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. Step 3 - no earlier than 17 May Most social contact rules will end outdoors. This means for example that you won't be limited to six people outdoors, or more than six from two different households. A maximum of 30 people will be allowed at any outdoor gathering, eg in a park or garden. Mixing of different households will allowed indoors again for the first time. Rule of six/two household rule applies indoors. Indoor hospitality will be allowed. Eg, pubs can open indoors. So can cinemas. Hotels, B&Bs, and indoor exercise classes can re-open.
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Entertainment and sporting venues such as football clubs and concert halls will be allowed to re-open for the public, but with limits on the numbers of spectators allowed. Indoors, the limit will be 1,000 people or the venue half full, whichever is lower. Outdoors in most venues the limit will be 4,000 people allowed or half full, whichever is lower. In the biggest venues, eg major football clubs up to 10,000 people or a quarter full, whichever is lower. Up to 30 people allowed to attend weddings, receptions, wakes, funerals. Bar mitvahs and christenings will be allowed. Step 4 -no earlier than June 21 Government hopes to re-open those final closed sectors of the economy including night clubs. It hopes to end restrictions on live events and performances, and possibly to end all restrictions on weddings. A number of reviews will also take place. They are: A review on whether "covid status certification" could help to re-open the economy. The Government will complete this before getting to stage 4. It will consider whether there should be passports allowing people to show they have tested negative for Covid, or have been vaccinated. A review of whether it is safe to allow more people to attend events. Department for Transport to look at more ways to allow people to travel into or out of the UK, to report by April 12. But we know international travel won't resume before May 17 at the earliest A review of social distancing measures such as face masks and working from home. This will conclude ahead of getting to step 4. How the dates will be decided The dates for steps two to four are "not before" dates, and are subject to change if the data shows that delays are needed. There is a minimum of five weeks between each step. Four weeks to see the impact of the step taken previously, plus one week's notice of the changes. These four tests must be met before any new stage begins: The vaccine deployment programme continues successfully. Evidence shows vaccines are sufficiently effective in reducing hospitalisations and deaths in those vaccinated. Infection rates do not risk a surge in hospitalisations which would put unsustainable pressure on the NHS. Our assessment of the risks is not fundamentally changed by new Variants of Concern. There will be no return to the system of tiers. Changes will take place across the whole of England.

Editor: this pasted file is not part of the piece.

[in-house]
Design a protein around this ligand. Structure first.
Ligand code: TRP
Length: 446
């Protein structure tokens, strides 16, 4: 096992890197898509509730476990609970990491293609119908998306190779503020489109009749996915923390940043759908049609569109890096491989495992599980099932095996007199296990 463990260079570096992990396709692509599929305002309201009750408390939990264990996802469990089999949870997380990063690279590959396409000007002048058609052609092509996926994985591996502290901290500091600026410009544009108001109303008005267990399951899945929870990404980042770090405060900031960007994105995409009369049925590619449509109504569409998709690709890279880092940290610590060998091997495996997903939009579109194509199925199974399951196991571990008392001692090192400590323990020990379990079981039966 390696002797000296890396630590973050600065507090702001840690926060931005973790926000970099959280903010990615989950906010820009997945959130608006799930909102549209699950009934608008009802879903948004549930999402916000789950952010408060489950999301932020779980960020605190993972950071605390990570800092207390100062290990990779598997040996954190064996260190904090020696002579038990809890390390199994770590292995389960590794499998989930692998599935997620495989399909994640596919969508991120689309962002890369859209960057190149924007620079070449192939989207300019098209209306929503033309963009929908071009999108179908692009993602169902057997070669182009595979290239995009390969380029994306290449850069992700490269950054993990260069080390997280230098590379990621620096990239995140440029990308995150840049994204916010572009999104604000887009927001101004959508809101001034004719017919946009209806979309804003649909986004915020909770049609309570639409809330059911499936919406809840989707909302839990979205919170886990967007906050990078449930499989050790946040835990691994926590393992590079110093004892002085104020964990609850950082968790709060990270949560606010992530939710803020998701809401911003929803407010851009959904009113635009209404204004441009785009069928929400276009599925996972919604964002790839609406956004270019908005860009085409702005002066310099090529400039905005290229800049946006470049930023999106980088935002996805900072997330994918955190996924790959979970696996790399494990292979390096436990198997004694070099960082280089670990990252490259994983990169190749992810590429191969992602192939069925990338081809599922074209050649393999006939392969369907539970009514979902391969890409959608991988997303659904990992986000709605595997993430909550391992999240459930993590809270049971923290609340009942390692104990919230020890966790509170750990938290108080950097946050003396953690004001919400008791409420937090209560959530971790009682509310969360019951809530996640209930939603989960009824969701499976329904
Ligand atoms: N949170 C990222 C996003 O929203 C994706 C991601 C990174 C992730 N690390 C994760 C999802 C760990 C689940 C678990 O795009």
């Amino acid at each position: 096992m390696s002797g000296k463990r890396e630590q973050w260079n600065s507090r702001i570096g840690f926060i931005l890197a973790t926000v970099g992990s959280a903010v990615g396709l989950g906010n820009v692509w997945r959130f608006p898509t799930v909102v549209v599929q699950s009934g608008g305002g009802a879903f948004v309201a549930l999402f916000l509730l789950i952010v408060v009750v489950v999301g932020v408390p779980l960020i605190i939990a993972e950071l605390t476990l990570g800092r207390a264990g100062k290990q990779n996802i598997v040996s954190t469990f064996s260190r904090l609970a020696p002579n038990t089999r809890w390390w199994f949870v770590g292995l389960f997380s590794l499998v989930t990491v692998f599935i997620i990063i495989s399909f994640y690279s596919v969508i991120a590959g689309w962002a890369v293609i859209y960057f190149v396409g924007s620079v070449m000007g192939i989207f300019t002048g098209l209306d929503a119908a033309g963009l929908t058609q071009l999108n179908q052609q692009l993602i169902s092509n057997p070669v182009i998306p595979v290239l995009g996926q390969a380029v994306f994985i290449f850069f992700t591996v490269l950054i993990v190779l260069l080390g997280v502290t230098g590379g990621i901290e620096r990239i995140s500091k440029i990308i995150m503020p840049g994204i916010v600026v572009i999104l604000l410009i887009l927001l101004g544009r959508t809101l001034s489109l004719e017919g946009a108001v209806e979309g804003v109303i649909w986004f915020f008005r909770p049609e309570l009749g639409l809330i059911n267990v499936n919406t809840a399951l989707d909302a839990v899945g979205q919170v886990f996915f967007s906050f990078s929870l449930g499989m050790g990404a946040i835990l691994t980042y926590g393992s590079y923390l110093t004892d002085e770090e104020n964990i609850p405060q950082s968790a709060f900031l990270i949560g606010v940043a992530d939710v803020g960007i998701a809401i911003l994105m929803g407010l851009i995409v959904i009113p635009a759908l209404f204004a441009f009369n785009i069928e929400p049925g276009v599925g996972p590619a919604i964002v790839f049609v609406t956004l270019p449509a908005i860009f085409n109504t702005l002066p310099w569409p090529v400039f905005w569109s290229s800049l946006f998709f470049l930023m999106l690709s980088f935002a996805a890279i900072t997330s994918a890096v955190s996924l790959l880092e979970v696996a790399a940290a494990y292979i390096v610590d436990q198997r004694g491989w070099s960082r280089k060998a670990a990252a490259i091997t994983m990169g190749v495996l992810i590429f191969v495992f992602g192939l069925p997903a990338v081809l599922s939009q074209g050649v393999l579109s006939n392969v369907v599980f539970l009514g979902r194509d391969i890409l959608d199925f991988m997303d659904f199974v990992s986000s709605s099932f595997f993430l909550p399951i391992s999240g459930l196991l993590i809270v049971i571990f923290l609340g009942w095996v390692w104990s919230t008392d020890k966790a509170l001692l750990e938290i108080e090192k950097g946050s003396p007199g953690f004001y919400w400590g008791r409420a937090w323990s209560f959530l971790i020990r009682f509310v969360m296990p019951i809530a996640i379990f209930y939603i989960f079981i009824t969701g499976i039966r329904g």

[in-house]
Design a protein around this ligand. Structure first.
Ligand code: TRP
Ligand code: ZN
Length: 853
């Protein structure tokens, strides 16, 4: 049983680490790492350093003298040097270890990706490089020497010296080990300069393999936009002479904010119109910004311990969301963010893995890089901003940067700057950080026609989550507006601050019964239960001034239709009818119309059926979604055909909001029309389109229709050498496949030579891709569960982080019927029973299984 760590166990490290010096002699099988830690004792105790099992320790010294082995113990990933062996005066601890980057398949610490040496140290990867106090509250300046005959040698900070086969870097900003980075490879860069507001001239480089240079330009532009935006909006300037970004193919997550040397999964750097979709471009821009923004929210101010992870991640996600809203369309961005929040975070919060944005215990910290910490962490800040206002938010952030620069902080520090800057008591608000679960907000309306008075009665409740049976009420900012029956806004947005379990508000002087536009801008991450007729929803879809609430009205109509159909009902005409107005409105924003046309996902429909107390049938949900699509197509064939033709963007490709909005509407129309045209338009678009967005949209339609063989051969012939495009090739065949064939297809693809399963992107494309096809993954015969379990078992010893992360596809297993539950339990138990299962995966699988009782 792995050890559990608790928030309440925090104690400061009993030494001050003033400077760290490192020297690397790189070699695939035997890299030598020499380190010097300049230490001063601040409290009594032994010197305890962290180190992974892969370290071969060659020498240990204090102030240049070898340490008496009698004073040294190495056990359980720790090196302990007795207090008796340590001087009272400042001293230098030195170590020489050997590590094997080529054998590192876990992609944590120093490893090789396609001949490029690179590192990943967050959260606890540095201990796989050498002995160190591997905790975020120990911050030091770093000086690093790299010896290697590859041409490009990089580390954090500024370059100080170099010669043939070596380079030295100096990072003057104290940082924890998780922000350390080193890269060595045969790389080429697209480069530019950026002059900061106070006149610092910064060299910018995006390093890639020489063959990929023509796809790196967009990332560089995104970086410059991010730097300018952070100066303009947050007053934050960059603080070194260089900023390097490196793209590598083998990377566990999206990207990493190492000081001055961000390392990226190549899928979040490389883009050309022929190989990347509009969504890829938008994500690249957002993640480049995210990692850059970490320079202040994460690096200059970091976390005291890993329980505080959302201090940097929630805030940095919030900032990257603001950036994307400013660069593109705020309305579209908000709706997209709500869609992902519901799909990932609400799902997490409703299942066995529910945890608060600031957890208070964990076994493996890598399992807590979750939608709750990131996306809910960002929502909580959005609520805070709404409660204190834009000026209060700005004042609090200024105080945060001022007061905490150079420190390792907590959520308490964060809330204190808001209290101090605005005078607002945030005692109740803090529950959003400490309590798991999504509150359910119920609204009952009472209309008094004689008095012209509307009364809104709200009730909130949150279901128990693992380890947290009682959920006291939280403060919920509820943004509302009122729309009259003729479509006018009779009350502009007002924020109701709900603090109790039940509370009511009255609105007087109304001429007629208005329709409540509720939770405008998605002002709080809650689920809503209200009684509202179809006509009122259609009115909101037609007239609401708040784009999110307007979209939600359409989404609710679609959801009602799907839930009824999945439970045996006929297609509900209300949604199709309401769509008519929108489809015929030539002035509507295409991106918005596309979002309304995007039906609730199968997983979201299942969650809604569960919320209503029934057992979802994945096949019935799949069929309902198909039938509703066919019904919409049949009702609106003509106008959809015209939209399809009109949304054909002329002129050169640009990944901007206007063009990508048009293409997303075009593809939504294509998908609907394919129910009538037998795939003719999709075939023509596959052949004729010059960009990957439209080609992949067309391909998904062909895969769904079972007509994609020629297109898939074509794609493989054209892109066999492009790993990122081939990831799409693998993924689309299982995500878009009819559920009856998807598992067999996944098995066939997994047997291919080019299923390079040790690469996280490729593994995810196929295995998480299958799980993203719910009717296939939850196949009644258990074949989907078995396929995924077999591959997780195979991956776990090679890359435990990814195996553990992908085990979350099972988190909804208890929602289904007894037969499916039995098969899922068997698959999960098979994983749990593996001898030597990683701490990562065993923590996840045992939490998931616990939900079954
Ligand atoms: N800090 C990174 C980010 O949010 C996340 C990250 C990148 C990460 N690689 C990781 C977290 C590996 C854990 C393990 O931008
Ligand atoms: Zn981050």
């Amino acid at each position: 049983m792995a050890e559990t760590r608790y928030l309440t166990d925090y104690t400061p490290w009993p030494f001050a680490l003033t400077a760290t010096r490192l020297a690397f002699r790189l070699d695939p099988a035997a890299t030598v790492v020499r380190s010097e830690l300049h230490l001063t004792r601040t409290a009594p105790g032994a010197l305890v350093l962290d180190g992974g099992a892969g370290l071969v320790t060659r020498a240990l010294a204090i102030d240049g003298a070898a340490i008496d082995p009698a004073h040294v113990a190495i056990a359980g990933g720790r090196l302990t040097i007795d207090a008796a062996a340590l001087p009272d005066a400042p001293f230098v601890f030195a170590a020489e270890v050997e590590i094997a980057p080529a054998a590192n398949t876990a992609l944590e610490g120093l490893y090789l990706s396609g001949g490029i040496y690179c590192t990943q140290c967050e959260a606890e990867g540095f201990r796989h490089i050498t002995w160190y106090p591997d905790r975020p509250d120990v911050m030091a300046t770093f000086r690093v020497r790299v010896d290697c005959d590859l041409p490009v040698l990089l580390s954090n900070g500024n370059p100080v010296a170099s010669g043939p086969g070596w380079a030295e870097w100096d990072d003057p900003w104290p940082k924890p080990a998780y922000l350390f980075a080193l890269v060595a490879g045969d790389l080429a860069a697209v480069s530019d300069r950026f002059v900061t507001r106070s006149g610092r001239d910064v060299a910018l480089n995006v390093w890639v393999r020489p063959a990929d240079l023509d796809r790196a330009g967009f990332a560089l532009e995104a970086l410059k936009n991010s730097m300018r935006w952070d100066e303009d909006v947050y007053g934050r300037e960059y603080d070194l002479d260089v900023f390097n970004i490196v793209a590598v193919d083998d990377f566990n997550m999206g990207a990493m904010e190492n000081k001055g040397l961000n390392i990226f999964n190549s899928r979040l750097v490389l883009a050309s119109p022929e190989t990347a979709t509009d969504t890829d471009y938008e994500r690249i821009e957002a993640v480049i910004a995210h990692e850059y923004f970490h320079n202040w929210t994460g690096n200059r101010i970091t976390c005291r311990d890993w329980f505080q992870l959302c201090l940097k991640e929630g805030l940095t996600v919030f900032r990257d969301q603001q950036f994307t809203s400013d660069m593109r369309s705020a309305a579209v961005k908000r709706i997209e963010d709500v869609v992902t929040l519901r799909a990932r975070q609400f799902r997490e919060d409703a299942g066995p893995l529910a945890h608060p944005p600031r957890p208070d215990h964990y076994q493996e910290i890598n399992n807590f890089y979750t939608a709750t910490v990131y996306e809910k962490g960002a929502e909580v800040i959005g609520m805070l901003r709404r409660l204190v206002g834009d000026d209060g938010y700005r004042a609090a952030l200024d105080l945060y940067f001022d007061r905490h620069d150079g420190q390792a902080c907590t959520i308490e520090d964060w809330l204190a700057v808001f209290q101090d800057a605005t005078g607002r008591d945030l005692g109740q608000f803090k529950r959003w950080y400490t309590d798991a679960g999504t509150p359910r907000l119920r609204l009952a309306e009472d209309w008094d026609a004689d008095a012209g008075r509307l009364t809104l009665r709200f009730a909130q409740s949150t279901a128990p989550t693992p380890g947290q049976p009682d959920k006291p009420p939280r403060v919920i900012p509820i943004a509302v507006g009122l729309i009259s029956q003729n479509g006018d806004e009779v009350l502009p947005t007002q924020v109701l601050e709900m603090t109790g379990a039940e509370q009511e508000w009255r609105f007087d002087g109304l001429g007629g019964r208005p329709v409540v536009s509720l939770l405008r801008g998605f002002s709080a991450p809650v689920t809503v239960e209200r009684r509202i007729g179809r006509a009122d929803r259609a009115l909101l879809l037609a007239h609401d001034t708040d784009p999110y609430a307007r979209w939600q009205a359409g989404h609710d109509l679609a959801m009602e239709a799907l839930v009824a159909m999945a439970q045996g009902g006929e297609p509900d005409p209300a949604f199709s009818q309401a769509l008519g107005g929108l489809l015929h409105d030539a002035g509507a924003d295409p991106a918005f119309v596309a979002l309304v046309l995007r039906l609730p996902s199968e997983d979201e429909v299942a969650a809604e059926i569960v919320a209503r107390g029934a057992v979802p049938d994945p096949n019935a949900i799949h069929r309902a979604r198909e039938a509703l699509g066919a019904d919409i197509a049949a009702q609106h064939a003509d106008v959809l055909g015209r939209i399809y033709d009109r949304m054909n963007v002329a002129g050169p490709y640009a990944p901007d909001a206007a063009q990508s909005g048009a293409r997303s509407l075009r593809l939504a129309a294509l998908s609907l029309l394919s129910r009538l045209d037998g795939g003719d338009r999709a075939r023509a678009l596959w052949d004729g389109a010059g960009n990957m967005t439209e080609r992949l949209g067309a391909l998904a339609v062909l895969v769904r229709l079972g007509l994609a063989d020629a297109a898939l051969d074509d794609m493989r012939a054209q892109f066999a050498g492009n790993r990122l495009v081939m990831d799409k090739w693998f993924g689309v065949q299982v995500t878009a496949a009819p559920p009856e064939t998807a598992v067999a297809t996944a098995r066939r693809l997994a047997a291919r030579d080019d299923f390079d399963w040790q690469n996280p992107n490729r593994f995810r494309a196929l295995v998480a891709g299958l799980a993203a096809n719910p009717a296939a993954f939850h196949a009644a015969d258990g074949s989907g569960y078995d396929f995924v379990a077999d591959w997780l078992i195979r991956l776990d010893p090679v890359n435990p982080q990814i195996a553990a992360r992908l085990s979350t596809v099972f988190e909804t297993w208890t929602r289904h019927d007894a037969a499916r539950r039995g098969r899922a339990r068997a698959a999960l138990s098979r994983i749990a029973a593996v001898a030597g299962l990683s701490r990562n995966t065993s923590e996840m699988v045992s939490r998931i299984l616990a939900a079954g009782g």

Covid 19 might never go away The roadmap document warns: "Over time, scientists expect COVID-19 to become endemic, meaning the virus will reach a stable, and hopefully manageable level. Vaccinations - including revaccination - will be key to managing the transition from pandemic to endemic state. "Therapeutics and antivirals will become increasingly important, replacing most non-pharmaceutical interventions over the long-term. The Government is also committed to building resilience for any future pandemics, both domestically and on the international stage."